The presence of ice dams almost always indicates problems with your attic’s insulation or ventilation, or air leaks from the ceilings into the attic. The dams themselves pose a danger should they break off from the eaves, and they can also deteriorate your home’s exterior and the attic. Preventing them not only maintains the home’s structural integrity, but improves its energy efficiency.
Formation and Damage
An ice dam can only form when temperatures in the attic are warm enough to melt the snow on the roof. The heat inside the attic will seep into the roof decking and melt the snow. As it trickles down, it can collect on a gutter or build on the eaves. As the ice melts, it saturates the eaves, the roof, or the attic, causing wood rot or mold growth.
Use a licensed contractor to diagnose the problems causing ice dams and fixing them, or investigate the attic if you’re comfortable doing so by:
- Test the temperature inside the attic on a cold day. It should be close to the outdoor temperature, especially on or near the roof sheathing. Anything over 30 degrees F can melt the snow on the roof.
- Look for gaps in the insulation or unequal distributions. If you have less than 16 inches of insulation in the attic or it shows signs of mold or compression, you may need to add more or remove the damaged insulation and replace it.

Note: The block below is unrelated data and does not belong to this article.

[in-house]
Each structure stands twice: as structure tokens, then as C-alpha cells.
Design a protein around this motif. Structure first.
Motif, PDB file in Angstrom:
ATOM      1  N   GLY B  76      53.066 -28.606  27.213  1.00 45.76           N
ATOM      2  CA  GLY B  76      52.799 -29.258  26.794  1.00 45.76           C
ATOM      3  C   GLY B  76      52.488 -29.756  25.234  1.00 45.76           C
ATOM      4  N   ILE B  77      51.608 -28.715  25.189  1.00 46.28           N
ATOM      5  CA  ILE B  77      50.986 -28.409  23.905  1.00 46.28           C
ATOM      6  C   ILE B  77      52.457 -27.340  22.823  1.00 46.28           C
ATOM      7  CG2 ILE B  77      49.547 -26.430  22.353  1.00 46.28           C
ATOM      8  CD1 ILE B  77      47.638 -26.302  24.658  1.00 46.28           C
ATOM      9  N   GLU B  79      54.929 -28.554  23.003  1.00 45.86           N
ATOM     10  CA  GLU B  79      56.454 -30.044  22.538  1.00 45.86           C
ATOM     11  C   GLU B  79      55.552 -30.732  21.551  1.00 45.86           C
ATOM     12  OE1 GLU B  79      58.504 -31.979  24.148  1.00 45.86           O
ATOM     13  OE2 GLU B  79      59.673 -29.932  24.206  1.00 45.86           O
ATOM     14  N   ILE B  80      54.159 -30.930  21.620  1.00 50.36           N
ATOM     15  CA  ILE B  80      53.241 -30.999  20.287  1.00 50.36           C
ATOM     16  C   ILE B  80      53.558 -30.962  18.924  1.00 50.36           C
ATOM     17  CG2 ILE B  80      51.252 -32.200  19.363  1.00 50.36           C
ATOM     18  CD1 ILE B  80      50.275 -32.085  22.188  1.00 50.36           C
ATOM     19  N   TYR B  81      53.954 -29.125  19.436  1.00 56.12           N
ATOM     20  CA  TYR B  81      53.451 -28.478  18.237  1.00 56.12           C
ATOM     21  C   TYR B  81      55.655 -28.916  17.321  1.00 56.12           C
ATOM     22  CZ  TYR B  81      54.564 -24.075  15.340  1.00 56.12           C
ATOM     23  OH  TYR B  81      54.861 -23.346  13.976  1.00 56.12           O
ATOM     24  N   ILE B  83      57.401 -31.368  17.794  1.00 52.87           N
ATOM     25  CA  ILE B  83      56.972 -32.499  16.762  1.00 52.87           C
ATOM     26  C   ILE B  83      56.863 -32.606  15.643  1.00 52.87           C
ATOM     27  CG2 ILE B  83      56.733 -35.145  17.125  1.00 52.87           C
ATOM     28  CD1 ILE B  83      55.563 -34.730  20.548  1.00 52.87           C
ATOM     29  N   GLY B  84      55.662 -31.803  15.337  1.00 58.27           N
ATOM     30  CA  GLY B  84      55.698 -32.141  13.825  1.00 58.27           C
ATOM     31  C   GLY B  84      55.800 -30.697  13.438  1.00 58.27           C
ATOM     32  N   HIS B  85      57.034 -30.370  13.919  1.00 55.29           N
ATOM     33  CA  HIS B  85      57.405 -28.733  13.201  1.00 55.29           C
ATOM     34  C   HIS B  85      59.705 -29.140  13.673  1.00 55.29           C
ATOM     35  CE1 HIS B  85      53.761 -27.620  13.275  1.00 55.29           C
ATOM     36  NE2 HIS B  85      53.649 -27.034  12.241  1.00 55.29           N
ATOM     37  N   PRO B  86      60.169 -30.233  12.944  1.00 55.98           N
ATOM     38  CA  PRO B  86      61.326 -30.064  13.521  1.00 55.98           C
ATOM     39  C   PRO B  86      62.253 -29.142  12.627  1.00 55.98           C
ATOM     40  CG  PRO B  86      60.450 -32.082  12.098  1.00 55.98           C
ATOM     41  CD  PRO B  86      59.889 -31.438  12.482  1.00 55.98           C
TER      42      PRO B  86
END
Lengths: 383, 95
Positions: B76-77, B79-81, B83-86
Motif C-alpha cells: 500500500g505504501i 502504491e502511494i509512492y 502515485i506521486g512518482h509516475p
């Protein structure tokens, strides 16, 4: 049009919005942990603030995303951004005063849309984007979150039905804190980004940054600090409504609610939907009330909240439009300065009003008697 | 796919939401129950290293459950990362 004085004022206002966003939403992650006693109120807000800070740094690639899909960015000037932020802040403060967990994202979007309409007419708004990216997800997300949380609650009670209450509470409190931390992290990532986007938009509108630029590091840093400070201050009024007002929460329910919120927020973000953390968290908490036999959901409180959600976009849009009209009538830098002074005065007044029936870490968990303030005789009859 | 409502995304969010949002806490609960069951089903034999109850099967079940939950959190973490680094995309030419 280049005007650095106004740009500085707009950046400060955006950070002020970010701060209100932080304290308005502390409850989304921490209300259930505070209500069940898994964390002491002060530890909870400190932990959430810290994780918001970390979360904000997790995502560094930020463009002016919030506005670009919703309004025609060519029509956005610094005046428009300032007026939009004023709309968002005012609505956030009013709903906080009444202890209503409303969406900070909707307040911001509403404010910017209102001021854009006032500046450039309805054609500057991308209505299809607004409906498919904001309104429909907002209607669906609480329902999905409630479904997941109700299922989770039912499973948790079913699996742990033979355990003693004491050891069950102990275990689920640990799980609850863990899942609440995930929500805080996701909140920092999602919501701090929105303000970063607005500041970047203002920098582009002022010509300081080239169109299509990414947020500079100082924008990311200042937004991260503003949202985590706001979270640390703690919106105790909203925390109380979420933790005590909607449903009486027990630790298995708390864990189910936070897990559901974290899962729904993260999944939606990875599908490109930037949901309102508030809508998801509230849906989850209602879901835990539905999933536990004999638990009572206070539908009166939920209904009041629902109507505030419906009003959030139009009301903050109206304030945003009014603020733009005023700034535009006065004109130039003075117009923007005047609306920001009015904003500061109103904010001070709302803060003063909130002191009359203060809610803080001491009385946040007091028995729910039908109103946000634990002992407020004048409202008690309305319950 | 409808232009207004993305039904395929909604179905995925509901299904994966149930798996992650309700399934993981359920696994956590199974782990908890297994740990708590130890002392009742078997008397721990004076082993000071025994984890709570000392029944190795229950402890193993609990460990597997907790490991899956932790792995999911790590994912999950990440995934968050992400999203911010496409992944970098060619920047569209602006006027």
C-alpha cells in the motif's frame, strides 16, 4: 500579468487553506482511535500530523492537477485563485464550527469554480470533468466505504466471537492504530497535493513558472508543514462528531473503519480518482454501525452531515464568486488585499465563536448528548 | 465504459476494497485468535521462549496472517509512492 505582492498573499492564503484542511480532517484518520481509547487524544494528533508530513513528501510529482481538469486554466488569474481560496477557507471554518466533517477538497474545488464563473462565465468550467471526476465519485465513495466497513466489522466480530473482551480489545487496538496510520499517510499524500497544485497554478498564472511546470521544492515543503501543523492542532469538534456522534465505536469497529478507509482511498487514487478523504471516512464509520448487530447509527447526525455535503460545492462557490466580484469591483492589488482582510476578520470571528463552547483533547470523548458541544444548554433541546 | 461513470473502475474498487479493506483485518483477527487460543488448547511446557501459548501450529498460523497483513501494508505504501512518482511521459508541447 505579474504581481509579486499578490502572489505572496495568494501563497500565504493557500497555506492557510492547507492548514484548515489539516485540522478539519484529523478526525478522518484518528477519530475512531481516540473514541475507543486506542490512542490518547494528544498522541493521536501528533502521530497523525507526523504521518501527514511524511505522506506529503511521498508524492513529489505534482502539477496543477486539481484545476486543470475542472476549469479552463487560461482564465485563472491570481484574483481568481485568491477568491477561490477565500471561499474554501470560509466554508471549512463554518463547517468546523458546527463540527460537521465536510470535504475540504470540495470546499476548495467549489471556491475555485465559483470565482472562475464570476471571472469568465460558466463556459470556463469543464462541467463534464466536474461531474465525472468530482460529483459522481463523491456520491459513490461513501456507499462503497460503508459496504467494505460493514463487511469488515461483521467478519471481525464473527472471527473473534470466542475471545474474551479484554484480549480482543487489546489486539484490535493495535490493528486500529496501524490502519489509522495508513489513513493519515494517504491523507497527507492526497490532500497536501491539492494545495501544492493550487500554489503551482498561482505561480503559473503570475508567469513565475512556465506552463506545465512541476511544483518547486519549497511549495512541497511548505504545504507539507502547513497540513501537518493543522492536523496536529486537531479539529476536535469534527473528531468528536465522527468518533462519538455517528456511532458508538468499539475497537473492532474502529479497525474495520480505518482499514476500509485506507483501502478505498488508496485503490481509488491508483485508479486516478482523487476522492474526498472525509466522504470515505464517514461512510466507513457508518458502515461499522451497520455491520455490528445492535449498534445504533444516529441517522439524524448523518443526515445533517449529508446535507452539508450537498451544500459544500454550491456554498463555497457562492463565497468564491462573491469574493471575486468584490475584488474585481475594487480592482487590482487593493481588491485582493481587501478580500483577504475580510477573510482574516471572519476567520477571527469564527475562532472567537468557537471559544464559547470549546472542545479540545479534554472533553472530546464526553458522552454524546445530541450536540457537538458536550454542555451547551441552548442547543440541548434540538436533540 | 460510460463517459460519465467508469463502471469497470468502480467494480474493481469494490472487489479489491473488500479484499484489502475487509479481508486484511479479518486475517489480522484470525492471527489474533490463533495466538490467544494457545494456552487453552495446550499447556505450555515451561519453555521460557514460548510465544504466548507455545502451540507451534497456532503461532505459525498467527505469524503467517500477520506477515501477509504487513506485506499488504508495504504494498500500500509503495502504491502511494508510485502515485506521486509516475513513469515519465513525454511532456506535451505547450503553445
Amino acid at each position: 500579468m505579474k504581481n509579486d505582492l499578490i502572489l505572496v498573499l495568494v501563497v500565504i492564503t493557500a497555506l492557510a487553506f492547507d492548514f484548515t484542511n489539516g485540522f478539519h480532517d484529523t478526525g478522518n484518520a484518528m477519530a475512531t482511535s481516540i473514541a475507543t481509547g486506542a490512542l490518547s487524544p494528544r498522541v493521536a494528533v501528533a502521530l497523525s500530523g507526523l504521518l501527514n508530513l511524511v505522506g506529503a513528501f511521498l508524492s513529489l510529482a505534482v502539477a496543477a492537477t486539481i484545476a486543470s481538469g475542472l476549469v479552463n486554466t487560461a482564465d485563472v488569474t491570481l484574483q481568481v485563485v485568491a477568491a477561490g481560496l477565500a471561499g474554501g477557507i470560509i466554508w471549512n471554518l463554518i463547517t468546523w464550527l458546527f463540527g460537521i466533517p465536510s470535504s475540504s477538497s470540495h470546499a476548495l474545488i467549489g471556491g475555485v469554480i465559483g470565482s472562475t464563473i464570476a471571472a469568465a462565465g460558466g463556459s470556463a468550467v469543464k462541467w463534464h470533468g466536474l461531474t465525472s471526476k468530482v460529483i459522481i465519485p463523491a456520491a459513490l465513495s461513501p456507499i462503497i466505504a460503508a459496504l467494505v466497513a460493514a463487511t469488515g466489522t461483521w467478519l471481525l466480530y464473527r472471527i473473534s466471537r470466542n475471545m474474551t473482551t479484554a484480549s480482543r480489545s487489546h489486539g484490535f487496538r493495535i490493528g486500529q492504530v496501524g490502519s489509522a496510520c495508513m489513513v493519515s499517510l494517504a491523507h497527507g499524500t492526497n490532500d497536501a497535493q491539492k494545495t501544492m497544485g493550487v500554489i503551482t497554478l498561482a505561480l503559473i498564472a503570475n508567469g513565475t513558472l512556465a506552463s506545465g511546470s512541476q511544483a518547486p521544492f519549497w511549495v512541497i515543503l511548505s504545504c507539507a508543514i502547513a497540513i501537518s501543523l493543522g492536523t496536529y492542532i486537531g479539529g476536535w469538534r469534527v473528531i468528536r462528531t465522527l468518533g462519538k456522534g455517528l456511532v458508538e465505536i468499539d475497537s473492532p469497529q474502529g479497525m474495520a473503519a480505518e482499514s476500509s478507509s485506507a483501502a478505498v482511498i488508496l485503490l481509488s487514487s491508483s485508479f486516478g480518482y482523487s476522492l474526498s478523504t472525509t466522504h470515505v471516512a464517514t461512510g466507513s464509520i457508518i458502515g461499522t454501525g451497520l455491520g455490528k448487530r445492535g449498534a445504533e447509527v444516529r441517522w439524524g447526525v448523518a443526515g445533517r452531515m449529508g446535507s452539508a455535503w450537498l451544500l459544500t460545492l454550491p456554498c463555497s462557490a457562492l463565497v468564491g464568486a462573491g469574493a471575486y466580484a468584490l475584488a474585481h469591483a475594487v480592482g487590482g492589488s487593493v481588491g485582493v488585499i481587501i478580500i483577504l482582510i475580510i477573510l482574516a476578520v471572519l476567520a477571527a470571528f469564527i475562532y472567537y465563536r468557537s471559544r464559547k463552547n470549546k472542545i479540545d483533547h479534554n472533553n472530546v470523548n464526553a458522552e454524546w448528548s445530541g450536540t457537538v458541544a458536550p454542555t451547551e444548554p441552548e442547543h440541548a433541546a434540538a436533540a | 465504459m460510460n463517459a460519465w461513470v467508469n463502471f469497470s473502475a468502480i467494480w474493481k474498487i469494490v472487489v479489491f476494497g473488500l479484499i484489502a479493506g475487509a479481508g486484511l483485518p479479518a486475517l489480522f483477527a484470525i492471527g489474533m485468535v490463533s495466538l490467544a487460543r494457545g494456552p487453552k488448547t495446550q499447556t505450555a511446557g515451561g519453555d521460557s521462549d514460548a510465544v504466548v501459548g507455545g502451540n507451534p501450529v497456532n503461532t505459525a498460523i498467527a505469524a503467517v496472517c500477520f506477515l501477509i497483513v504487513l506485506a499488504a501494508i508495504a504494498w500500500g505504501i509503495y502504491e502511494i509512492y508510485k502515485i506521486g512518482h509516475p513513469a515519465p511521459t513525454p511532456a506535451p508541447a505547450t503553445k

- At the same time, look for gaps between the ceilings and the attic floor. Common places for leaks include recessed lights, vents from kitchen or bathroom fans, and a chimney or flue from the furnace. Ducts running through the attic may also leak warm air. Use caulk or flashing to stop the leakage. Use metal tape or mastic on ductwork leaks.
- If you notice that the air vents in the attic are obstructed, remove the blockages. Inadequate airflow keeps the attic warmer.
The pros at Team Bob’s Heating Cooling Plumbing can provide more information about ice dams. We provide trusted HVAC services for homeowners in Grand Traverse County and the surrounding areas.
Our goal is to help educate our customers in Traverse City, Michigan and surrounding areas about energy and home comfort issues (specific to HVAC systems). For more information about preventing ice dams and other HVAC topics, download our free Home Comfort Guide or call us at 231-714-6196.
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